In Aotearoa, New Zealand, skin infections are a serious health concern for children, especially among preschool-aged children, Māori and Pacific children, and those living in northern regions. Treatment of such conditions often includes antibiotics and external skin treatment that should be followed for multiple consecutive days. However, anecdotal reports indicate that children often lack the motivation to follow the treatment until the end, especially once the skin sores start to improve.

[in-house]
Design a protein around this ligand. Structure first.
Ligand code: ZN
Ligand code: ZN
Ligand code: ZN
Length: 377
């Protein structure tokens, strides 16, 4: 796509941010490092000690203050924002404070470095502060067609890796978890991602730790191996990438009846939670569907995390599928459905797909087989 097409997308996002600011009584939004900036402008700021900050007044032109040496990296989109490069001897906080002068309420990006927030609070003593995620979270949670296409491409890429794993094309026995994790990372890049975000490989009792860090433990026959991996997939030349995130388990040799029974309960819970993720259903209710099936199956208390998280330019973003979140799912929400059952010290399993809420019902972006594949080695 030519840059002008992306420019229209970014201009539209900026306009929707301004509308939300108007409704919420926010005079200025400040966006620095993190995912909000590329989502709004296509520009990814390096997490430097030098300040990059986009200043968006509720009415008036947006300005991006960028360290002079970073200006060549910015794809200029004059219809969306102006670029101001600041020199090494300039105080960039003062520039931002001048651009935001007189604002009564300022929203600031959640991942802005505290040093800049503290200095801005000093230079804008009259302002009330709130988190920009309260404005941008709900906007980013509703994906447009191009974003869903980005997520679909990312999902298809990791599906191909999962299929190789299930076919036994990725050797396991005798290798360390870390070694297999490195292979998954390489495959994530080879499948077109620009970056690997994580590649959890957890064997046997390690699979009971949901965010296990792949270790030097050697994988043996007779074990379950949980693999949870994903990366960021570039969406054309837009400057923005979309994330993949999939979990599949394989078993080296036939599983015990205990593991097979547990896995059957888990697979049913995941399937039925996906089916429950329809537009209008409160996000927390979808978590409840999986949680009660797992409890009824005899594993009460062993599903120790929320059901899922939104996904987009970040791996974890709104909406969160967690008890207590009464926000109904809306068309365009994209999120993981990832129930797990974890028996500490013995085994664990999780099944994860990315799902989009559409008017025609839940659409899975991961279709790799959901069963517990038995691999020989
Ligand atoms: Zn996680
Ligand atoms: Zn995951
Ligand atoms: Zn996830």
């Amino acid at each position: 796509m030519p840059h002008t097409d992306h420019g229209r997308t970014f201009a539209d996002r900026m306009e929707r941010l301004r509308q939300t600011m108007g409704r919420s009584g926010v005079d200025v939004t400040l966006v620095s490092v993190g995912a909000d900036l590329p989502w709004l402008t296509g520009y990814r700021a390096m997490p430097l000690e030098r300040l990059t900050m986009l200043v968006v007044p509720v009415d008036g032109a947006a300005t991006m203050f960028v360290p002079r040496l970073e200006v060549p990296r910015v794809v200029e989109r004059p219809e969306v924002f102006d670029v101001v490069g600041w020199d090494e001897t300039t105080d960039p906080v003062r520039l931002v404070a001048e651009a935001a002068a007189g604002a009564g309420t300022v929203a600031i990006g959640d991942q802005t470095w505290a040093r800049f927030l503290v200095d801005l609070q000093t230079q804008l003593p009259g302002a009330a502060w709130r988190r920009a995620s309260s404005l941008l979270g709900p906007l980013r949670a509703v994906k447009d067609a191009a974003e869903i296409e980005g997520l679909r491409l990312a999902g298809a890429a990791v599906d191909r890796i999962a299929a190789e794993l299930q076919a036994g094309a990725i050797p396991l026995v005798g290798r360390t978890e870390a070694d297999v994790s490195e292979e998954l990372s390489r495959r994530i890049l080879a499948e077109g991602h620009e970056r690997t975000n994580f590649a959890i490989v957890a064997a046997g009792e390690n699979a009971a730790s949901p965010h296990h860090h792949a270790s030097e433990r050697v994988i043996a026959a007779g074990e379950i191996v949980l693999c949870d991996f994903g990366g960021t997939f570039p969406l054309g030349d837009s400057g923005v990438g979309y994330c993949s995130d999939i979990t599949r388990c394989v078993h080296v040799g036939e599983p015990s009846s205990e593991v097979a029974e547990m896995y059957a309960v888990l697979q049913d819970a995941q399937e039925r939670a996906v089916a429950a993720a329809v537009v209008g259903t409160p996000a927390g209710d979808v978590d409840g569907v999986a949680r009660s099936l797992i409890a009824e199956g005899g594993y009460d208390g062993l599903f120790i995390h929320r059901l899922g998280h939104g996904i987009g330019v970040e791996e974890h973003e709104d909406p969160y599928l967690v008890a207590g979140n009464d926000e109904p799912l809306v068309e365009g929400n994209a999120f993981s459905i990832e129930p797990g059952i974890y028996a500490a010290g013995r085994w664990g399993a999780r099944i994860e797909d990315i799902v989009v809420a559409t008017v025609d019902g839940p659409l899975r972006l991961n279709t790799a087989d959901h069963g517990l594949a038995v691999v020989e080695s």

Project Goal

This design project conducted for iMOKO™ in New Zealand texplored the development of a persuasive game to increase adherence to the treatment of skin-related infections.


We conducted an initial context exploration involving young children and their caregivers to determine barriers and facilitators in the context. Two design phases focused on creating initial concepts and developing prototypes, which were evaluated by participants. As part of the game, children receive reminders, information about the treatment and relevant treatment instructions. A focus was on making them become active partners rather than passive recipients of the treatment.

Project Lead:
Edgar Rodriguez-Ramirez
B a c k T o T o p B a c k T o T o p

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